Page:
Who isn’t fascinated with standing on top of NorCal’s premier active volcano, the formidable Mt. Shasta? Beyond the hordes of athletically-minded climbers who attempt the summit each season, you’re also apt to hear about all manner of other creatures up there from space aliens to Lemurians to St. Germain the “Ascended Master.” But space aliens aside, it turns out that not all of the climbers on Mt. Shasta have been bipeds. Mt. Shasta has seen a few quadrupeds over the years, too.
I recently ran across the article Legendary Ascents of Mt. Shasta: Horsing Around by Eve Thompson. Perry Sims, Mt. Shasta’s co-city historian, recounts several hilarious accounts of people taking first a mule, then a horse up Mt. Shasta. What possible reason could there be to do something so outlandish? Well, bragging rights and the pursuit of drinking money suddenly made taking animals up Mt. Shasta a real “thing” around the start of the 20th century.
It all started in 1883 when muleskinner Tom Watson took his mule “Croppie” to the top of Shasta as part of a federal government geological survey. For the next 20 years Watson dreamed of returning to the summit of Mt. Shasta with a horse. The notion of taking a horse up Shasta became such a popular topic that Richard Beers Loos, editor of the Sisson Mascot decided to fake it. He supposedly stopped by a horse corral, scooped up some “soft evidence,” then spread it around at the summit. Climbers quickly reported what they had found up there, and Loos reported it as fact. Tom Watson claimed he got a horse to the summit in 1895-6, but lacked the photographic evidence to prove it.
Back in those days someone had placed a “geodetic monument,” kind of a metal column on the summit of Shasta. Climbers often took photographs of themselves next to the “Signal” as proof they made it to the summit. Despite claims that horses had made it, no one had yet produced the “gold standard” of proof a horse had really been up there; that is, a photograph of the horse next to the Signal. In 1903 climbers reported the Signal was leaning badly and not likely to stand much longer, so time to get the coveted “proof” was closing in.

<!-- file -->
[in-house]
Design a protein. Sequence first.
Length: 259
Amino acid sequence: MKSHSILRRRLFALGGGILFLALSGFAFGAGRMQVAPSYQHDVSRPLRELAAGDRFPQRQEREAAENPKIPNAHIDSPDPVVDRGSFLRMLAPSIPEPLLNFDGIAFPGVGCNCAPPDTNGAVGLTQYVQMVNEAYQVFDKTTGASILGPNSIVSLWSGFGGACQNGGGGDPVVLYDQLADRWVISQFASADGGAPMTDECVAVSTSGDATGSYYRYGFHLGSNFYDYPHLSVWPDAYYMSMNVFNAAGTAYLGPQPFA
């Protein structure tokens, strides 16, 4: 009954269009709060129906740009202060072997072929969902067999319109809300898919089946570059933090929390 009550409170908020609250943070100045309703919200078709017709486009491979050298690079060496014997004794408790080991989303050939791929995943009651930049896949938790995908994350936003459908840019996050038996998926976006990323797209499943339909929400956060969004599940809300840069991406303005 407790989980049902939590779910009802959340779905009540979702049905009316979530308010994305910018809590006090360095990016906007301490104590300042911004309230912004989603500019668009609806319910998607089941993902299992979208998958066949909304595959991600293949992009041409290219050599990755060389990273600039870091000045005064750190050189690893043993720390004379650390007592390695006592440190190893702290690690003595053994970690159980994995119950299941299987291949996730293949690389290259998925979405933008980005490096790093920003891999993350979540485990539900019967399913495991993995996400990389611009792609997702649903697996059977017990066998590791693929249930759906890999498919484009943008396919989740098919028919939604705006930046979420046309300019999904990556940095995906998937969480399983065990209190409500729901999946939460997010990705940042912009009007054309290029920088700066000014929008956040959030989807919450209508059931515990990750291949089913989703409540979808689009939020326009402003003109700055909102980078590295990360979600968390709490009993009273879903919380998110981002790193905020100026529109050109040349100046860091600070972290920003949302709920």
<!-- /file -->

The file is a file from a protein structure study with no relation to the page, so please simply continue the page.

In September, 1903, Watson was finally able to coax his horse “Jump-up” to the summit and get the now-famous photograph next to the Signal. After the climb poor Jump-up could barely walk, and was put down a short time after. By 1904 the Signal had toppled over, so the timing couldn’t have been better.
In 1936 someone submitted the photo to Ripley’s Believe it or Not, but Ripley demanded more proof that getting a horse to the top of Shasta was even possible. So Sisson pioneer John M. Schuler and friends took his horse “Bronco Ben” up Shasta, and they made it to the summit.
It’s hard to say how many quadrupeds have made it to the top of Shasta since then, and since the Signal is no longer there to serve as proof of making it, who really knows for sure? It might be noted that no one has claimed taking any cattle to Shasta’s summit, probably because most of us would consider that a lot of bull.
Chip O’Brien is a regular contributor to California Fly Fisher and Northwest Fly Fishing magazines, and author of River Journal, Sacramento River and California’s Best Fly Fishing: Premier Streams and Rivers from Northern California to the Eastern Sierra. He lived in Redding, California, for eighteen years, where he was a guide, teacher, and regional manager for CalTrout.